However, it is still recommended to chew sugar-free gums, as chewing gums with sugar are bad for your teeth.
According to the Journal of Dental Research, chewing a piece of sugar-free gum around half an hour after eating will reduce the symptoms of acid reflux.
Does xylitol cause acid reflux?
You might have heard that sugar alcohols like xylitol or sorbitol might trigger acid reflux. While this is true, they are usually well tolerated by most people.
Overconsumption might indeed cause gas, bloating, and acid reflux, but this would require amounts for more than what a chewing gum contains.
People with irritable bowel syndrome (IBS) are more at risk, but even they might get away with the tiny amounts of xylitol a chewing gum contains.
Mastic gums and acid reflux
Mastic gum is proved to be effective for indigestion and stomach ulcers. It is considered to be “possibly safe” for most people, even though there is not enough data about its effects during pregnancy and breastfeeding.
If you have a pistachio allergy, you might be allergic to mastic.
When in doubt, ask your pharmacist or physician before trying mastic gums for your reflux symptoms.
While we haven’t found any scientific study about mastic and acid reflux, mastic seems to reduce stomach acids, so it is probably effective against acid reflux.
What chewing gums are bad for acid reflux?
Mint and nicotine gums are not recommended for people with acid reflux.
There is a muscle – called lower esophageal sphincter (LES) – between the food pipe and the stomach. This muscle is usually closed, preventing stomach acids from seeping back into the esophagus.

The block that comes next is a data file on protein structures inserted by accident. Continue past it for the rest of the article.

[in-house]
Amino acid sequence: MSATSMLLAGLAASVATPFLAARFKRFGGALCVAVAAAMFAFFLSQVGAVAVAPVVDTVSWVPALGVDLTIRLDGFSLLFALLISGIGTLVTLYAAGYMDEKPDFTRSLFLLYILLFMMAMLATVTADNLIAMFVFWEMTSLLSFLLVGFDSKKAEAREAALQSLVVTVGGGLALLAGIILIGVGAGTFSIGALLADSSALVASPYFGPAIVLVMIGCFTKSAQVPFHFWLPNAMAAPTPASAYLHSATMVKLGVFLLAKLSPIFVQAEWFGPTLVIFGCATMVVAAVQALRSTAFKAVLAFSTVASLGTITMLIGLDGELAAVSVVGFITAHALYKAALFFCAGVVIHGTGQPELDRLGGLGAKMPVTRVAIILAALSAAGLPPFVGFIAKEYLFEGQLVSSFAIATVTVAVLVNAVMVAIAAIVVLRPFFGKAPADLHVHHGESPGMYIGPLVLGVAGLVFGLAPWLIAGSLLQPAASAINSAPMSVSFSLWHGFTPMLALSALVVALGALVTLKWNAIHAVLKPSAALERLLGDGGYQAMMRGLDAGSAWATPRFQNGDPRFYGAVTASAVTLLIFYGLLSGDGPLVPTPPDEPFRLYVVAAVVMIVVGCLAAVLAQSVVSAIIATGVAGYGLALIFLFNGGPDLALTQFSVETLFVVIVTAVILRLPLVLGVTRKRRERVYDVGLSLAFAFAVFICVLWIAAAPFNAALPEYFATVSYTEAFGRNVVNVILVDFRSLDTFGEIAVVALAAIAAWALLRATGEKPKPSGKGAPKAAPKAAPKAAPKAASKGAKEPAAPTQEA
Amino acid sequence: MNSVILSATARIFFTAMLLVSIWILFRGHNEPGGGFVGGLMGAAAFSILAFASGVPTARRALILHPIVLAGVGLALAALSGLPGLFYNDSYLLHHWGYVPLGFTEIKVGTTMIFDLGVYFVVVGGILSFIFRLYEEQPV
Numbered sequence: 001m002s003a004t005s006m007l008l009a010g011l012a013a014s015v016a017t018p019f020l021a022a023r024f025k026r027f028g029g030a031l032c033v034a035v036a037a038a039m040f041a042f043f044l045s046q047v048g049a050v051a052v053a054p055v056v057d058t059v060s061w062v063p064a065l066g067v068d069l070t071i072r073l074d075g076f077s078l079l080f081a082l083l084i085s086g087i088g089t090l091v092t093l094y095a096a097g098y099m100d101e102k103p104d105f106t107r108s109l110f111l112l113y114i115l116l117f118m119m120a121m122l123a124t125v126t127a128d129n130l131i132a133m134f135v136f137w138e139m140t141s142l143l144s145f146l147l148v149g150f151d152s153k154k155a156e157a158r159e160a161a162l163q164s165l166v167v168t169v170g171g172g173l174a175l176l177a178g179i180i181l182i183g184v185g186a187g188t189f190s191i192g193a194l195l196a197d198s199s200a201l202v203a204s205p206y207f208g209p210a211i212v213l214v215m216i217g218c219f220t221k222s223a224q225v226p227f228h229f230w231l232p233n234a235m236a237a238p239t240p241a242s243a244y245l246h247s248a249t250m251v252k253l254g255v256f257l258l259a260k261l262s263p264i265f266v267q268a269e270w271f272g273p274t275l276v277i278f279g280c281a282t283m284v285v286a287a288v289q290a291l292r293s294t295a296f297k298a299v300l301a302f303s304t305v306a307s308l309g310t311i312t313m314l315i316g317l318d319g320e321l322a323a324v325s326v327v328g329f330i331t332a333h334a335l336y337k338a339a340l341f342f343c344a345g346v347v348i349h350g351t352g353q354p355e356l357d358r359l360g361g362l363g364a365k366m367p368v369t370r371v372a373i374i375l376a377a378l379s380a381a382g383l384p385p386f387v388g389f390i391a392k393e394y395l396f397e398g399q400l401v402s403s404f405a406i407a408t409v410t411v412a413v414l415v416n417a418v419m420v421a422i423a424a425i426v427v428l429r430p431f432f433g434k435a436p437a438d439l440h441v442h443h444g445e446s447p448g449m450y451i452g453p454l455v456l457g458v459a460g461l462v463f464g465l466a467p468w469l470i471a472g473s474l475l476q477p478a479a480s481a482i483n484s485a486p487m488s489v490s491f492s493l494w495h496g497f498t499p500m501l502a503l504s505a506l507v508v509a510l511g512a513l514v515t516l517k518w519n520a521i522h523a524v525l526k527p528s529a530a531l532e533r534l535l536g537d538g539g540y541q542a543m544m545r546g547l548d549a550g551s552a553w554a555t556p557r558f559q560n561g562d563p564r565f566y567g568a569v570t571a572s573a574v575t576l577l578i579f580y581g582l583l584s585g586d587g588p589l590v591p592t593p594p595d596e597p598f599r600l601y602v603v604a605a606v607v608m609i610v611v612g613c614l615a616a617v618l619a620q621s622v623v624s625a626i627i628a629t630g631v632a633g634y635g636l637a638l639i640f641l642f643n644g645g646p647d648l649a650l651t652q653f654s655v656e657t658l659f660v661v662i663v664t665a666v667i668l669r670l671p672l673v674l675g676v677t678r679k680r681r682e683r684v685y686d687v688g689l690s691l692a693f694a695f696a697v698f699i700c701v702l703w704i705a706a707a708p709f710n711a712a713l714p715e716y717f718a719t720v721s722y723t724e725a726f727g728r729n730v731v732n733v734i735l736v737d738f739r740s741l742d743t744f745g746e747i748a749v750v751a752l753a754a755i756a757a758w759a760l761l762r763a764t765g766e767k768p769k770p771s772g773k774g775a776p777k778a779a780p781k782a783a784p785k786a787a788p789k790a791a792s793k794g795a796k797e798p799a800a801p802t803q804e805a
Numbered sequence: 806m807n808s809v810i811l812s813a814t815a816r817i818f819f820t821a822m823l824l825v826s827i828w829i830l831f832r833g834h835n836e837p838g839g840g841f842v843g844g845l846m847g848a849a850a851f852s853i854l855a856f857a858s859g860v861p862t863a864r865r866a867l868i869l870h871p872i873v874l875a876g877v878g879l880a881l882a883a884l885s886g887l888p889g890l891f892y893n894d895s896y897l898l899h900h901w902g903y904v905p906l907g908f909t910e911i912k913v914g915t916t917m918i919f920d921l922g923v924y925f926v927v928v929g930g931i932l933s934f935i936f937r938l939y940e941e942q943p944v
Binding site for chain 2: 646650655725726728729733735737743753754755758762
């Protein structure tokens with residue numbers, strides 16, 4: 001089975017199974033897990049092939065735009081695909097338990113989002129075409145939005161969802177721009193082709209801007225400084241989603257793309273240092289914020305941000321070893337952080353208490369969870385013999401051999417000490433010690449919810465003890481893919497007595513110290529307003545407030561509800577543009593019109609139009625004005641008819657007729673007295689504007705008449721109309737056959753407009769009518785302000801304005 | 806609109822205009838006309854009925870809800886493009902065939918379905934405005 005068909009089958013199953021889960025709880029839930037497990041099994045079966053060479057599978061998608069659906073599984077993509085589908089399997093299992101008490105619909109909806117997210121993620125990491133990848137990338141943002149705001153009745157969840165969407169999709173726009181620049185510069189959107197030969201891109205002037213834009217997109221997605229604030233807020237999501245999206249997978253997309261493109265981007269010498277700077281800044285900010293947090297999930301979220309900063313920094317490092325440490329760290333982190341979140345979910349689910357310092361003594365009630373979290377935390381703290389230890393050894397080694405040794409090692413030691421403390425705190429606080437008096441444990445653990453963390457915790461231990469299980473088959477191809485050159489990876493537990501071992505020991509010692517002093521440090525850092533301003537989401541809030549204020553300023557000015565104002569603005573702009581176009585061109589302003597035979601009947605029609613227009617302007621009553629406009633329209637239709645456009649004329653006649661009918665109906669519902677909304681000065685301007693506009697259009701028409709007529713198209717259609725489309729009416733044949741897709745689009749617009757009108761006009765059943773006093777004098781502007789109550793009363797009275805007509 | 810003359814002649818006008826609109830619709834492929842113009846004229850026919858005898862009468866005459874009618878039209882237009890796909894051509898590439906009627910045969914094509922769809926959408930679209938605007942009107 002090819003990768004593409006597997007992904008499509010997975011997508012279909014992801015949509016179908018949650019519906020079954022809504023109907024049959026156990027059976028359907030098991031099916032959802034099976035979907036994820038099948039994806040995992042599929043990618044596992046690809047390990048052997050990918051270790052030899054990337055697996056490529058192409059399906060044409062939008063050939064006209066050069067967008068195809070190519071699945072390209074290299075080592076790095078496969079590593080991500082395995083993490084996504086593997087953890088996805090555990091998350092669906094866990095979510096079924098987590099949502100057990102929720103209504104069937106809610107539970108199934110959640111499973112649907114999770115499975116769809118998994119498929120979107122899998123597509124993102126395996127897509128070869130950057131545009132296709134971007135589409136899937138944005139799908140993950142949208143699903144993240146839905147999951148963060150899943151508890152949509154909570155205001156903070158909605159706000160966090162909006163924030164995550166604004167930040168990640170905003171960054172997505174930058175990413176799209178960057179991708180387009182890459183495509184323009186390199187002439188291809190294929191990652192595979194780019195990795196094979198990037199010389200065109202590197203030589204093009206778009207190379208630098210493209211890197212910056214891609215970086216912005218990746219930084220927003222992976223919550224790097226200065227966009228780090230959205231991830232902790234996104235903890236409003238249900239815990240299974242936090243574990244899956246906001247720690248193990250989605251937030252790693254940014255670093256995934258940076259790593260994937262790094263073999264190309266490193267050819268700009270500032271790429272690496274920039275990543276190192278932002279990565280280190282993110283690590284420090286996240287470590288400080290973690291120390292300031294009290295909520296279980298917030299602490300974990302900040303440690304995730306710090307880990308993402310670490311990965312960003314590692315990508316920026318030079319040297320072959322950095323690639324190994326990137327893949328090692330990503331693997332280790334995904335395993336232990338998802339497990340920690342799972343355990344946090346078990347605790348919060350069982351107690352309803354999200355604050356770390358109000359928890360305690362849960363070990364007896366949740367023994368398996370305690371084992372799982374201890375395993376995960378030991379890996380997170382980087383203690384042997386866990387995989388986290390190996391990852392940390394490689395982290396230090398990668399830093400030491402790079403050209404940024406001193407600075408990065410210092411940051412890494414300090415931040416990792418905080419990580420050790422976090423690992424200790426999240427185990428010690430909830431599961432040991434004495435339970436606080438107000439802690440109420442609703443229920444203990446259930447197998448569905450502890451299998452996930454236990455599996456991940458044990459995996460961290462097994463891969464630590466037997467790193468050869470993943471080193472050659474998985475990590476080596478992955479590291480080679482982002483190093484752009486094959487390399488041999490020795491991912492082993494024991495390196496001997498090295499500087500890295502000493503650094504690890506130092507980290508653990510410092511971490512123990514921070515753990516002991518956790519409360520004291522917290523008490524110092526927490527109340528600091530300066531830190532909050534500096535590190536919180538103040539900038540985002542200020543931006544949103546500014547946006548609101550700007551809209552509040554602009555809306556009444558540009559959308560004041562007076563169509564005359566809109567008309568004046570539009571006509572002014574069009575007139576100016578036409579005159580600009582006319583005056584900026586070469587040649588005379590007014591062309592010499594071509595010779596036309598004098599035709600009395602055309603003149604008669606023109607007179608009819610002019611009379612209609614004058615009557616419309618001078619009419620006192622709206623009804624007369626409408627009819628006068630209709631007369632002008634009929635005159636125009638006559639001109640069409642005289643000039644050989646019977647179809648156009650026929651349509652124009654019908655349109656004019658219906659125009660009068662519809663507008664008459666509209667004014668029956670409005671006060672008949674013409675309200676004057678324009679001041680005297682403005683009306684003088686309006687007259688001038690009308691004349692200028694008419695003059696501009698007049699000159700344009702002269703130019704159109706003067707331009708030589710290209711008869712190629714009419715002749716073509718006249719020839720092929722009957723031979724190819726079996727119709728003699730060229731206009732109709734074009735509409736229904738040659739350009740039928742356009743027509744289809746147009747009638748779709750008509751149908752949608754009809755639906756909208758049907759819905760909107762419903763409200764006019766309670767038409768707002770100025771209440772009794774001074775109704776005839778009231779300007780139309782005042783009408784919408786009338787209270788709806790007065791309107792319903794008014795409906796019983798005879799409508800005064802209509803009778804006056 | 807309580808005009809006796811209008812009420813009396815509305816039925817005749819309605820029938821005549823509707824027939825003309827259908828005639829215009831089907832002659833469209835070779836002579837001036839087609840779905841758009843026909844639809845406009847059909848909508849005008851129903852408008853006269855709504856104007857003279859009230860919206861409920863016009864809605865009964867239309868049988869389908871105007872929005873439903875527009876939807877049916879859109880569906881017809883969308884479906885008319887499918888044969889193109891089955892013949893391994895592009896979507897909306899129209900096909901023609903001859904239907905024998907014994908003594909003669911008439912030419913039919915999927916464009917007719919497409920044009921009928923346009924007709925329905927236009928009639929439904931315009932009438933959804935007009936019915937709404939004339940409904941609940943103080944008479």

The problem with both mint and nicotine gums is that they tend to relax this muscle, which makes the acidic backflow more likely.
Chewing gum and stomach acid
Many people think that chewing gum increases gastric acid secretion since chewing makes your body think you are eating and the stomach starts to produce acids. This may especially be a problem when chewing gums on an empty stomach.
However, research says otherwise:
It is concluded that although chewing gum causes a stimulation of the gastric acid secretion, this increase is so small that it does not justify an advice against the use of chewing gum in patients with duodenal ulcer or x-ray negative dyspepsia.(source)
So chewing gum indeed increases stomach acid secretion but to a very small extent.
Potential problems with chewing gums and acid reflux
While chewing gums proved to be a great acid reflux remedy, there are a few things to be aware of, so that you avoid potential problems:
- Always take sugarless gums. The sugar in chewing gums is very detrimental to your teeth.
- As mentioned above, avoid chewing gums with mint or nicotine.
- Be careful not to swallow excess air while chewing. Excess air in the stomach increases the likelihood of an acid reflux episode.
- Too much chewing can overuse the chewing muscle, causing temporomandibular joint disorder.
- Sugar substitutes might cause stomach pain, diarrhea, and other symptoms for people with irritable bowel syndrome (IBS).
When used right, chewing gums can be a great and simple acid reflux remedy:
- Take a chewing gum right after having a meal and chew it for about 30 minutes. This should help the body neutralize the acid and will help remove the burning feeling in the food pipe and the throat.
- Be sure to use sugar-free gums and avoid mint and nicotine. Ginger and bicarbonate gums are usually the most effective.
- Do not swallow excess air while chewing.
Following these simple steps greatly increases the chance of avoiding unpleasant acid reflux symptoms after having a meal.